Postcard from Turin, Italy: Museum housed in palace transformed by extravagant tastes of royal widows

When the House of Savoy chose a site for a new castle in Turin in the early 14th century, the rulers took advantage of the original protective Palatine gate and towers constructed under the rule of Emperor Augustus (63 BC-14 AD).

In 1637, Regent Maria Christina (1606-1663) chose the castle as her personal residence and remodeled the palace to suit her tastes. Six decades later, the Parisian-born widow of her son, Charles Emanuele II (1634-1675), made the palace her own.

Marie Jeanne Baptiste (1644-1724) ruled as regent for her son, Victor Amadeus II (1666-1732). The young king encountered some difficulties ending his mother’s interference in the kingdom’s affairs, finally wrenching full control from her in 1684).

Like her mother-in-law, Marie Jeanne was known as Madama Reale, and their sumptuous residence was referred to as Palazzo Madama. Among the extensive changes she commissioned were a southern veranda and chinoiserie embellishments fashionable at the time. Architect Filippo Juvarra (1678-1736) began to transform the palace for her by designing an elegant white stone Baroque façade, but construction was halted in 1710 before she could alter more than one side of the palace lording over Piazzo Castello. At the time of her death, Madama Reale was not only the mother of the King of Sardinia but also grandmother of two other royal monarchs – King Louis I (1707-1724) of Spain and King Louis XV (1710-1774) of France.

Later, the palace served as the Royal Art Gallery, as the first home of the Senate of the Kingdom of Italy and, since 1934, as the home of as Turin’s Museum of Ancient Art, Museo Civico d’Arte Antica.

Postcard from Turin, Italy: How royals gave the city a French accent

Statue of Emanuele Filiberto (1528-1580), Duke of Savoy

Marriages among the titled in Europe generally had larger ramifications than the immediate household.

Once upon a time, the House of Savoy ruled over an Alpine region northwest of Italy, primarily now part of France. In 1051, Otto of Savoy (1023?-1060?) wed Adelaide, a marchioness whose titles brought Turin (Torino) under the House of Savoy.

The land that would eventually become Italy was a battleground in a constant tug of war between France and Spain between 1494 and 1559. When Emanuele Filiberto (1528-1580) inherited the title of the Duke of Savoy in 1553, he found himself somewhat turf-less. Turin was under French control.

Already known as “Testa d’fer” (“Ironhead”) for his early military service to Holy Roman Emperor Charles V (1500-1558) (Charles I of Spain), Emanuele continued to serve the Habsburgs. Emanuele chose sides wisely. The seasoned soldier led the forces of Spanish King Philip II (1527-1598) to a victory at the Battle of Saint Quentin in northern France on the feast day of Saint Lawrence (of the grill) in 1557.

Gradually regaining the former Savoy kingdom from Spain and France [no doubt assisted by his marriage to Margaret (1523-1574), Duchess of Berry and the sister of King Henry II of France (1519-1559)], Emanuele made Turin the capital.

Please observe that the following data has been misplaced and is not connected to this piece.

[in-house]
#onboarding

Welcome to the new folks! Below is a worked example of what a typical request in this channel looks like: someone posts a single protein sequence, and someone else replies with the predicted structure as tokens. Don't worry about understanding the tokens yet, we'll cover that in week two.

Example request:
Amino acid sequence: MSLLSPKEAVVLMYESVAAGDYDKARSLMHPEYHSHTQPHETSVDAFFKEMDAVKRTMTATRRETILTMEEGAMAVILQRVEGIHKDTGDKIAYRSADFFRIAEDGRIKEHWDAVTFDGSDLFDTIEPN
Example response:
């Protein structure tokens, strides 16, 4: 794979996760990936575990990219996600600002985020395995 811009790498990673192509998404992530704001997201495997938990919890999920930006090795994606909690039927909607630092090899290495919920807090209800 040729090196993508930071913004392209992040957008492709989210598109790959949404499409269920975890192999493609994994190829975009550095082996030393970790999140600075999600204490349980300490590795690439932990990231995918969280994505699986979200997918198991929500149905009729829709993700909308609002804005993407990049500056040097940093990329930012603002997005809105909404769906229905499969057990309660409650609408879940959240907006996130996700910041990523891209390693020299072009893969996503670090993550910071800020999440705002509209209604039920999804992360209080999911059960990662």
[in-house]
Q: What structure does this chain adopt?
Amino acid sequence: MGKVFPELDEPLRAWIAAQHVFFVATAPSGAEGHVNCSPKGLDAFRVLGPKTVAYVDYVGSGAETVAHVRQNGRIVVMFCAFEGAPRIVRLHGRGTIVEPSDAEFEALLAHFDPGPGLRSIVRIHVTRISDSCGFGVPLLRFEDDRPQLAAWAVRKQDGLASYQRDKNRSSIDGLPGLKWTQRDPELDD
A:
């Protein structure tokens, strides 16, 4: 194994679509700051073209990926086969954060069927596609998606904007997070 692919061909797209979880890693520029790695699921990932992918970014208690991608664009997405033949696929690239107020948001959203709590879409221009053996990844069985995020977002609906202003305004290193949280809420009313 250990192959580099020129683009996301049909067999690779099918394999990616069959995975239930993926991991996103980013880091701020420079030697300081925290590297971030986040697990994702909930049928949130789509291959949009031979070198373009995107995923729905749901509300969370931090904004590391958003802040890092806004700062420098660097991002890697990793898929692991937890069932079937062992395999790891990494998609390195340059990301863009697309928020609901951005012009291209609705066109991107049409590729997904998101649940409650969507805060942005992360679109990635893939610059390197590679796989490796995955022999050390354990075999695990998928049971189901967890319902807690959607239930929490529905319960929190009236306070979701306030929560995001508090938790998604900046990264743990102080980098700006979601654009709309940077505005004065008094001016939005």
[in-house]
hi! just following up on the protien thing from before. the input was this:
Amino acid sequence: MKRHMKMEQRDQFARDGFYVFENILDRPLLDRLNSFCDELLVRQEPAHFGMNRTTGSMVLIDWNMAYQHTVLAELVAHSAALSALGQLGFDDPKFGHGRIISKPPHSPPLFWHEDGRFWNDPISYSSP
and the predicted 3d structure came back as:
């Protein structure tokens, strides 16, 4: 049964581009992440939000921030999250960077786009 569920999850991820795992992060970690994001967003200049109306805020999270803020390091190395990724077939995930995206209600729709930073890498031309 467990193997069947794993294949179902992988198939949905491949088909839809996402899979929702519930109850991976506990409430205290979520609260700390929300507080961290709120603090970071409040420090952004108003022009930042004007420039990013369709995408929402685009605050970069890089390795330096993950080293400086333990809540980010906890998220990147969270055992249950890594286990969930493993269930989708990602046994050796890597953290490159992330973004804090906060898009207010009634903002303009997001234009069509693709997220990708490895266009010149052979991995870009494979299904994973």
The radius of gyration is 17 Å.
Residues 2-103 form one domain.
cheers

Bishop Domenico Della Rovere (?-1587) had commissioned a palace there as his residence and had the Cathedral of San Giovanni erected next door in 1498. Emanuele made the Bishop’s Palace his own. The Bishop’s Palace was hardly large enough to accommodate the needs of the ruling family, so Emanuele and his successors continually added wings and additional structures. The current façade of Palazzo Reale addressing the sweeping Piazza Castello was the result of an ambitious construction project launched by Regent Maria Christina (1606-1663), a daughter of King Henry IV (1553-1610) of France and the widow of Vittorio Amedeo I di Savoia (1587-1637).

The domed Baroque Chapel of the Holy Shroud, Cappella della Sacra Dinone, was built adjacent to the Cathedral and the Royal Palace at the end of the 15th century during the reign of Carlo Emanuele II (1634-1675). The cherished cloth some claim bears the image of Jesus came into the possession of the House of Savoy in 1453. The relic was damaged by a fire in a chapel in the Savoy’s earlier capital before Carlo Emanuel moved it to Turin.

A major fire again threatened the shroud in 1997, with firefighters smashing its bulletproof glass to spare it. The renovated chapel was not reopened until this past fall, so the shroud itself was tucked away out of sight during our summer visit.

Successive Savoy rulers of the Kingdom of Sardinia resided in the Palazzo Reale until 1865. Victor Emanuele II (1820-1878) , the newly crowned King of Italy, moved out of the residence shortly after commissioning architect Domenico Ferri (1795-1878) to add the elegant Grand Staircase of Honor to the interior.

The Italian Republic claimed ownership of the Royal Palace and its grounds in 1946, and the extensive compound now is operated as Musei Reali Torino.

When Emanuele Filiberto made Turin the official capital of Savoy, he also turned his back on some of the family’s French connections by proclaiming Italian the official language of the kingdom. While he changed the spoken tongue, the architecture and design of Turin never lost a strong French accent.